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James Corden, 'Once' win big at 2012 Tony Awards

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Once has swept this year's Tony Awards, winning eight of the record 11 awards it was nominated for.

Based on an Oscar-winning Irish film starring Glen Hansard and Markéta Irglová, about a thirty-something Dublin busker who falls in love with a young Czech immigrant flower seller, the Broadway production took the top award for 'Best Musical'.

Its lead actor Steve Kazee was also honoured with the prize for 'Best Lead Actor in a Musical'.

James Corden in the press room at the 66th Annual Tony Awards in New York

© WENN / Joseph Marzullo

Glen Hansard and Marketa Irglova arriving at the 66th Annual Tony Awards in New York

© WENN / Joseph Marzullo


[L: James Corden, R: 'Once' songwriters and film stars Glen Hansard and Markéta Irglová]

Neil Patrick Harris hosted the ceremony for the third time, wowing the Beacon Theater audience with an opening number based on the hit musical The Book of Mormon, which was the major winner at last year's ceremony.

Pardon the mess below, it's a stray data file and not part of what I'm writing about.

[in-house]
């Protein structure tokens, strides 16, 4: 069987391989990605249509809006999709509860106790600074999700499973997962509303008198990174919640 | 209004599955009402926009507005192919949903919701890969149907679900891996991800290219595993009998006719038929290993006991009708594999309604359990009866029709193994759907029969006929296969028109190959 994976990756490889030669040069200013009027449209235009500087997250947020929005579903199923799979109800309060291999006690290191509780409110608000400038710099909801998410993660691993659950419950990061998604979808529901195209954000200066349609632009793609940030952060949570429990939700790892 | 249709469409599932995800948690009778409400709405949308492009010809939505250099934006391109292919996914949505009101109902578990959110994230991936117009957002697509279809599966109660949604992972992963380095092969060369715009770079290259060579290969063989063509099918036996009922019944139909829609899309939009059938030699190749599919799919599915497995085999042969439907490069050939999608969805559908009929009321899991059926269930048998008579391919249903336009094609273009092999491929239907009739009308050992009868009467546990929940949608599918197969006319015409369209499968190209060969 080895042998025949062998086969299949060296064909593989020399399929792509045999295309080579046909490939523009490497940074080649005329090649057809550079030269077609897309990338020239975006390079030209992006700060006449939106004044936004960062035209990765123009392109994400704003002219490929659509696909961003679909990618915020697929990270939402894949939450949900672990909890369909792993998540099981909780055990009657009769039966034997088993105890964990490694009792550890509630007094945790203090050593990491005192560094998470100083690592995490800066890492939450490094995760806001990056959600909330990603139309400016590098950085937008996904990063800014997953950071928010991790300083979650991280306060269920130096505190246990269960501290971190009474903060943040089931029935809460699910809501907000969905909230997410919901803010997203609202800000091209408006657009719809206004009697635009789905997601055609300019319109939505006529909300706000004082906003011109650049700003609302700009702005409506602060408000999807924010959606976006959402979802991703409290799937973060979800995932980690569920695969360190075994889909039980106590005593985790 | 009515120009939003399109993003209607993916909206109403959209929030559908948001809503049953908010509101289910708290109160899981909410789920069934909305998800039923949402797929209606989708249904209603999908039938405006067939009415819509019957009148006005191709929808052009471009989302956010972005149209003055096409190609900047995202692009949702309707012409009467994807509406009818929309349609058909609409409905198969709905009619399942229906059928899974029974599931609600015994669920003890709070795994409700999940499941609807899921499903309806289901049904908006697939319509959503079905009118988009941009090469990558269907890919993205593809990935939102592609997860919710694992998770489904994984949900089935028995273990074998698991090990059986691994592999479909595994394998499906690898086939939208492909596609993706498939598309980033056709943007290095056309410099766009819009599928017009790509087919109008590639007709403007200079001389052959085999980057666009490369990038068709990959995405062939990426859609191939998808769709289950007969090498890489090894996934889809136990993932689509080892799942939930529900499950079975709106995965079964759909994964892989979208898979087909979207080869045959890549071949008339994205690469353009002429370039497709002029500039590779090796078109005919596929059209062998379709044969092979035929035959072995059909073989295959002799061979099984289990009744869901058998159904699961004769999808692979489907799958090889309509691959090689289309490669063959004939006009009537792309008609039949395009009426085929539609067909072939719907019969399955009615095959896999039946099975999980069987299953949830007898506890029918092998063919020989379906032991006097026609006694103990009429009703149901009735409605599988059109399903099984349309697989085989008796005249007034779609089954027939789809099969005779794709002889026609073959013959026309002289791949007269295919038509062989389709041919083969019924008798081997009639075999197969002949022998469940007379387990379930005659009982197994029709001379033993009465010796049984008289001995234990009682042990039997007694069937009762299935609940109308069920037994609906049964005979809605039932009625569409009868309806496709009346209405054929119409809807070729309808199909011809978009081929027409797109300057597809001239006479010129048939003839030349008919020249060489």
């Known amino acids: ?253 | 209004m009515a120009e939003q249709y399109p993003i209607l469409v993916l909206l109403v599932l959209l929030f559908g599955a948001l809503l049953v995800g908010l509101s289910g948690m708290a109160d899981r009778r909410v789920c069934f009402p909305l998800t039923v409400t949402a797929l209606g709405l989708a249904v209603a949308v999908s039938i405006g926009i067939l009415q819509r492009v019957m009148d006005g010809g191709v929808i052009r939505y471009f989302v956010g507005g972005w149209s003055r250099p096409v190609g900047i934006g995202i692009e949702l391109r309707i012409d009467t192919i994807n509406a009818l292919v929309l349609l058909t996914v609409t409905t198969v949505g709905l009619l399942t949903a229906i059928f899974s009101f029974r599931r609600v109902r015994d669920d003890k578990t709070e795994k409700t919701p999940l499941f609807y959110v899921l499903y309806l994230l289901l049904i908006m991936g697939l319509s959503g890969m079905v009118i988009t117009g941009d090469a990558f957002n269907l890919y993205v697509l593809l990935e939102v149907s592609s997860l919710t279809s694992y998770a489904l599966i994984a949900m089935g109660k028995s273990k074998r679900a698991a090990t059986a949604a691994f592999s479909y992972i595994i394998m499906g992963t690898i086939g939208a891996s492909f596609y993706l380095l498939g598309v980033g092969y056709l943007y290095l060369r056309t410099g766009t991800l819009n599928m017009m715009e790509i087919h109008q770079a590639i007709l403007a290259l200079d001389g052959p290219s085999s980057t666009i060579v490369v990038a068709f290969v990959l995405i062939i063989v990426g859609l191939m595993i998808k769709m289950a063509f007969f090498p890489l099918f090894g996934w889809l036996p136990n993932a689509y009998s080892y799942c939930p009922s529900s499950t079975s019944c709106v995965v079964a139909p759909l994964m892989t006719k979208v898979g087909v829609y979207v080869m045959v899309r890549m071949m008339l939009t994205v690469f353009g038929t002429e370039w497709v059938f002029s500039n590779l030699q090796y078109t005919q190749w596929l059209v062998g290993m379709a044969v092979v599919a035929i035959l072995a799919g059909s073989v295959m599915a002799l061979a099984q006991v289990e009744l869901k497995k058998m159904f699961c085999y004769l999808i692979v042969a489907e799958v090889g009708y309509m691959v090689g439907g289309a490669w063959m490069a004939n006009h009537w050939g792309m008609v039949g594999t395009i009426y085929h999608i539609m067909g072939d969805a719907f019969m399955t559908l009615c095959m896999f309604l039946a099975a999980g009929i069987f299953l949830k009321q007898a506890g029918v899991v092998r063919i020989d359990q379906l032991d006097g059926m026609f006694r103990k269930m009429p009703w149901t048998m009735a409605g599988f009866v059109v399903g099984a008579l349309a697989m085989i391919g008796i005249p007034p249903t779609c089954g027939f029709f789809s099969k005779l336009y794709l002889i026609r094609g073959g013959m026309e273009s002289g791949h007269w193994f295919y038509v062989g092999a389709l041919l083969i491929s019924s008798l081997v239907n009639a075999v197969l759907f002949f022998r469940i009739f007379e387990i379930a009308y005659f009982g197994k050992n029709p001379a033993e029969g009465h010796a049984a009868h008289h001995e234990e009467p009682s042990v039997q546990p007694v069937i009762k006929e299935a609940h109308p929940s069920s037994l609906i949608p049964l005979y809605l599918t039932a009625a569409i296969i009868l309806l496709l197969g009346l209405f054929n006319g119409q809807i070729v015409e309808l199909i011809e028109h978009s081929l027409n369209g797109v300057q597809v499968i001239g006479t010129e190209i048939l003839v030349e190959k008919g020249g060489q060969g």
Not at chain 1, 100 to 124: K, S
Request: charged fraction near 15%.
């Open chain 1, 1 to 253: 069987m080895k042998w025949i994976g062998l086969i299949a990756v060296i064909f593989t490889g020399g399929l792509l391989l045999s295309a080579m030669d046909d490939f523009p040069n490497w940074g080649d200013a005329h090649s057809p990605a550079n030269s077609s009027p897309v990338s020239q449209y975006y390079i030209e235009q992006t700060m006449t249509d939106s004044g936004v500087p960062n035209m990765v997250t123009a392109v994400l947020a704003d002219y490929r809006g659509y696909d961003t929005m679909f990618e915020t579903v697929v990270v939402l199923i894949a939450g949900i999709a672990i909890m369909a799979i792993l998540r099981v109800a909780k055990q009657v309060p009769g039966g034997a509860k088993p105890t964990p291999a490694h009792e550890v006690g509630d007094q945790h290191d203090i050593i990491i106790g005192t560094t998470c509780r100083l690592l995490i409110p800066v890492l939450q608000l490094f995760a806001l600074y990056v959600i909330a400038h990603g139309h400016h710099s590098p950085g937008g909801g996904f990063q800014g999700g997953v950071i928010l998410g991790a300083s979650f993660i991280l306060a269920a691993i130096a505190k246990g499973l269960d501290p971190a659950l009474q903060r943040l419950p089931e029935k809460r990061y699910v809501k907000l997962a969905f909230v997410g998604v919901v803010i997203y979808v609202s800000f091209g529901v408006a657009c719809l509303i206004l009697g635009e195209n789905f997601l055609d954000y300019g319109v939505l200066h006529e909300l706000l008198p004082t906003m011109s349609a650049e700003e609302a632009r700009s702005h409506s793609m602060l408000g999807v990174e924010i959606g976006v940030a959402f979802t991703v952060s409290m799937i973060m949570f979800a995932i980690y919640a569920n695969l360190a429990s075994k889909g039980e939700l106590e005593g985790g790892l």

"Welcome to the 66th Annual Tony Awards," he said, "Or, as we like to call it, 50 Shades of Gay."

Harris continued to impress throughout the night with several gags and comedic musical numbers as he introduced presenters including Jessica Chastain, Christopher Plummer, James Marsden and Tyler Perry.



There were several musical numbers throughout the night, with performances by Ricky Martin as Che in the revival of Evita, , 'Best Lead Actress in a Musical' winner Audra McDonald singing 'Summertime' from Porgy and Bess, and High School Musical's Corbin Bleu leading a number from Godspell.

Highlights of the night included appearances by Book of Mormon creators Matt Stone and Trey Parker, as well as James Corden performing scenes from his acclaimed show One Man, Two Guvnors, for which he won the 'Best Lead Actor in a Play' award later in the evening.

Corden was astonished by the win, saying during his acceptance speech: "I have to say... John Lithgow and James Earl Jones and Frank Langella - and my favourite actor in the world, Philip Seymour Hoffman - to be on a list with you was enough, and holding this honestly just reminds me there is no such thing as 'best'. Honestly, I am overwhelmed."



Les Misérables star Hugh Jackman was also presented with a Special Tony Award for his contribution to theater by his wife Deborra-Lee Furness.

Jackman, who has hosted the Tony Awards three times, joked that he thought producers were "on crack" when they first asked him to take on the role, but praised his colleagues for a warm welcome into the theatre community.

The show was closed by Harris, who performed a jazz medley recap of the two-hour ceremony, singing out the audience with a glass of whiskey in hand.

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